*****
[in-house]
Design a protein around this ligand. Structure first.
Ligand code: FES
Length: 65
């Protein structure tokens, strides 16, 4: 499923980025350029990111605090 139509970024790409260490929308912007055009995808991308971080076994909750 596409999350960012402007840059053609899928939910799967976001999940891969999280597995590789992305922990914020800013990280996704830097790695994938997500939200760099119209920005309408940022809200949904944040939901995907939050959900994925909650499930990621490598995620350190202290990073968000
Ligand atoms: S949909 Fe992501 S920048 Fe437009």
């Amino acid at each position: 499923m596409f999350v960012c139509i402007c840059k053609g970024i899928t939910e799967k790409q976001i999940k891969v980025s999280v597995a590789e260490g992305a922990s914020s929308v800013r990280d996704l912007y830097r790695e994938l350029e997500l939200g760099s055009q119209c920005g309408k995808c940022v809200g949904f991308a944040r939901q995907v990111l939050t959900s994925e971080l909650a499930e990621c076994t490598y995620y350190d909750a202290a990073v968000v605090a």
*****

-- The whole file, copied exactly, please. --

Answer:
[in-house]
Design a protein around this ligand. Structure first.
Ligand code: FES
Length: 65
């Protein structure tokens, strides 16, 4: 499923980025350029990111605090 139509970024790409260490929308912007055009995808991308971080076994909750 596409999350960012402007840059053609899928939910799967976001999940891969999280597995590789992305922990914020800013990280996704830097790695994938997500939200760099119209920005309408940022809200949904944040939901995907939050959900994925909650499930990621490598995620350190202290990073968000
Ligand atoms: S949909 Fe992501 S920048 Fe437009």
């Amino acid at each position: 499923m596409f999350v960012c139509i402007c840059k053609g970024i899928t939910e799967k790409q976001i999940k891969v980025s999280v597995a590789e260490g992305a922990s914020s929308v800013r990280d996704l912007y830097r790695e994938l350029e997500l939200g760099s055009q119209c920005g309408k995808c940022v809200g949904f991308a944040r939901q995907v990111l939050t959900s994925e971080l909650a499930e990621c076994t490598y995620y350190d909750a202290a990073v968000v605090a």